**Problem**: (1999 USAMO - #5) The Y2K Game is played on a $1 \times 2000$ grid as follows. Two players in turn write either an S or an O in an empty square. The first player who produces three consecutive boxes that spell SOS wins. If all boxes are filled without producing SOS then the game is a draw. Prove that the second player has a winning strategy.

**Strong**: Let _ denote an open space.

We will show that the second player can always create an arrangement of squares such that the first player is forced to play a losing move. This arrangement is S _ _ S. If the first player plays an S, the second player can win with O. If the first player plays an O, the second player can win with S.

We claim that the second player can create the arrangement and not lose before the rest of the board is filled up, leaving on S _ _ S, which we established as a losing position for the first player. The second player may do this because there are en even number of total squares, so only the first player can face two empty squares.

Clearly if either player is faced with S O _, _ O S, or S _ S he wins; these are the winning positions. If the first player plays an O, the second player can play an O adjacent to it. This can never be a winning position for the first player because the winning positions require the O be have a _ and an S on both sides of it. If the first player plays an S, the second player may play an S adjacent to it unless it is one of the following arrangements:

S _ O _ or _ O _ S.

In either case, the second player simply plays an O between the existing S and O to leave no winning position.

The second player must make the first move far from the first player's first move, so as to leave open space to create the S _ _ S arrangement. Once that is done, assuming the first player does not give a winning position to the second player immediately, the first player will have two letters down, not enough to win. Hence the second player may play according to the above strategy until the only remaining spaces are the S _ _ S, which leaves the second player as the winner. QED.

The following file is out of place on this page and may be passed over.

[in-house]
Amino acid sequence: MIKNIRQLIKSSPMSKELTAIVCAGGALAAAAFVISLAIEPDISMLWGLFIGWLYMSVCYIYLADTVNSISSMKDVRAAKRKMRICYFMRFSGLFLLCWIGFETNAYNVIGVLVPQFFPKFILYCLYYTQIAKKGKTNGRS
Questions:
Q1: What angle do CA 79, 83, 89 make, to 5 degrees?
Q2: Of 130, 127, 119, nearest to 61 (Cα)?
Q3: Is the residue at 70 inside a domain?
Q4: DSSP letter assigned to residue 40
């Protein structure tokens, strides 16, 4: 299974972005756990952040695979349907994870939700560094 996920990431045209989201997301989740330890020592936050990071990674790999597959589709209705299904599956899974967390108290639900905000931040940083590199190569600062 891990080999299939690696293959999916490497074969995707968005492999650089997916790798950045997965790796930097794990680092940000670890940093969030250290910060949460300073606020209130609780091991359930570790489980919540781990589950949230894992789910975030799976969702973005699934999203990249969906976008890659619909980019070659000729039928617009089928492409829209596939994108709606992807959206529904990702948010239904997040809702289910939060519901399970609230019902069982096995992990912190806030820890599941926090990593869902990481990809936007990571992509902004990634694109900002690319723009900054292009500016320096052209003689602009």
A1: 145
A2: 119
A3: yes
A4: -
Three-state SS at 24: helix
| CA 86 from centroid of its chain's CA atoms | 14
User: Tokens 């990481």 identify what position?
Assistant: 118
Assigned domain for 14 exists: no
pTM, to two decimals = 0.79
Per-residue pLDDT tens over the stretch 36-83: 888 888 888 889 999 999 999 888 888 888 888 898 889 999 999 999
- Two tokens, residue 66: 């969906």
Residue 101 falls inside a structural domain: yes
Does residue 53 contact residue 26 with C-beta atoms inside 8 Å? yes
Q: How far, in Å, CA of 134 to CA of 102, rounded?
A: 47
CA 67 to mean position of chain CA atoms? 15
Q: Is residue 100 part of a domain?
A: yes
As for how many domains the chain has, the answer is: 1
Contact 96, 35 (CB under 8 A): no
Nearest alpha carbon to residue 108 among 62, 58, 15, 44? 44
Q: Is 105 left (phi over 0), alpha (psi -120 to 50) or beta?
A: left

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Comment: Game theory is a popular topic on the USAMO; mostly because it does not require in-depth techniques, but simply logic and proof-writing skills. It's also easy to overlook cases, so it weeds out the less rigorous competitors (which may be the case in my own proof...). We see that the 2000 is irrelevant here except that it is a large even number, important for the first move and the parity of turns.

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Practice Problem: (2004 USAMO - #4) Alice and Bob play a game on a 6 by 6 grid. On his or her turn, a player chooses a rational number not yet appearing in the grid and writes it in an empty square of the grid. Alice goes first and then the players alternate. When all squares have numbers written in them, in each row, the square with the greatest number in that row is colored black. Alice wins if she can then draw a line from the top of the grid to the bottom of the grid that stays in black squares, and Bob wins if she can't. (If two squares share a vertex, Alice can draw a line from one to the other that stays in those two squares.) Find, with proof, a winning strategy for one of the players.

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